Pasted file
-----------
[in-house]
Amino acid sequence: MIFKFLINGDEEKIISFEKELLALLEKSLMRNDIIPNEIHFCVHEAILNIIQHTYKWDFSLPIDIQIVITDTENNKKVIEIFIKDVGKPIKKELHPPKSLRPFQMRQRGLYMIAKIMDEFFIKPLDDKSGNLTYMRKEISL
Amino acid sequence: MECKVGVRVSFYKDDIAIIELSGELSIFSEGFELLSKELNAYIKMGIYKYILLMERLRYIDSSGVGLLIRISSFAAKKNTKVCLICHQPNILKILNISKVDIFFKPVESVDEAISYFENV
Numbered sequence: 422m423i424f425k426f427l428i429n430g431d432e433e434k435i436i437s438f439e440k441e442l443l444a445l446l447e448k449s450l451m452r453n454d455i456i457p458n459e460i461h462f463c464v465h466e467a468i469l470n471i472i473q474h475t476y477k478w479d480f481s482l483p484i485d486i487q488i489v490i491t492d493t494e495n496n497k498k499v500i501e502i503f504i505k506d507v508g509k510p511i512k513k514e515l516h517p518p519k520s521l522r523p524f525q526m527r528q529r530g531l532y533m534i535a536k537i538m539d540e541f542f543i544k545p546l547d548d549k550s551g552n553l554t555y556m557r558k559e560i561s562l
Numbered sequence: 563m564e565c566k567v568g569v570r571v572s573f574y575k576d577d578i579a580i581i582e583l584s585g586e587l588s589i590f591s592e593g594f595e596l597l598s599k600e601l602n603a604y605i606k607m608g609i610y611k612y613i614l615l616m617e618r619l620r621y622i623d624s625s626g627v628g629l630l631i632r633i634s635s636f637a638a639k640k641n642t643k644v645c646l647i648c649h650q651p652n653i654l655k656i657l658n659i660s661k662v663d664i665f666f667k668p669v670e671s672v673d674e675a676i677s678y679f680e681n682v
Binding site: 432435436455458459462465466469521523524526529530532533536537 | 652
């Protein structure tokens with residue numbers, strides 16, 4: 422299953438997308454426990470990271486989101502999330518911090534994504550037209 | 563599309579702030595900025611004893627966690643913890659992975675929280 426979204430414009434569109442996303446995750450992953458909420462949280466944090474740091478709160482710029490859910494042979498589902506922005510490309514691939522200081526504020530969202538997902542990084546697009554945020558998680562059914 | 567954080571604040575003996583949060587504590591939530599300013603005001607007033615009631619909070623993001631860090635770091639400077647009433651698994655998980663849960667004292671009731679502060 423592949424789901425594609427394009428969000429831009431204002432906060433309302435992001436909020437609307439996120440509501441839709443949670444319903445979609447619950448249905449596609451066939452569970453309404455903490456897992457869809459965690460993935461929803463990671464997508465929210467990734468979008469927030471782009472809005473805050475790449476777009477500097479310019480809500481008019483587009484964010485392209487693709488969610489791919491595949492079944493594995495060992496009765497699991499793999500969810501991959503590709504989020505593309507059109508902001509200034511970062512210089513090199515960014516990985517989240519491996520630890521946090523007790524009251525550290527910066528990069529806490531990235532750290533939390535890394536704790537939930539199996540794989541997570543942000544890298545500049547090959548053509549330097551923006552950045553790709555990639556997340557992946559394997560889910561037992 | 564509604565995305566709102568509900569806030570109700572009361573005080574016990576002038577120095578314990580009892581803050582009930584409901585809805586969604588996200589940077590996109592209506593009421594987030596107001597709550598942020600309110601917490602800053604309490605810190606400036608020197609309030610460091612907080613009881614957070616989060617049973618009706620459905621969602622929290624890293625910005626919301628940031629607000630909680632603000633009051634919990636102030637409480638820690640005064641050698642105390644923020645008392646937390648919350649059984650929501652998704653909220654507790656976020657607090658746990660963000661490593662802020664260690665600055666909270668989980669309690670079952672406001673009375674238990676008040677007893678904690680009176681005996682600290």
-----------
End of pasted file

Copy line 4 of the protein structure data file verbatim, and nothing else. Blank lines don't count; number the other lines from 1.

Numbered sequence: 422m423i424f425k426f427l428i429n430g431d432e433e434k435i436i437s438f439e440k441e442l443l444a445l446l447e448k449s450l451m452r453n454d455i456i457p458n459e460i461h462f463c464v465h466e467a468i469l470n471i472i473q474h475t476y477k478w479d480f481s482l483p484i485d486i487q488i489v490i491t492d493t494e495n496n497k498k499v500i501e502i503f504i505k506d507v508g509k510p511i512k513k514e515l516h517p518p519k520s521l522r523p524f525q526m527r528q529r530g531l532y533m534i535a536k537i538m539d540e541f542f543i544k545p546l547d548d549k550s551g552n553l554t555y556m557r558k559e560i561s562l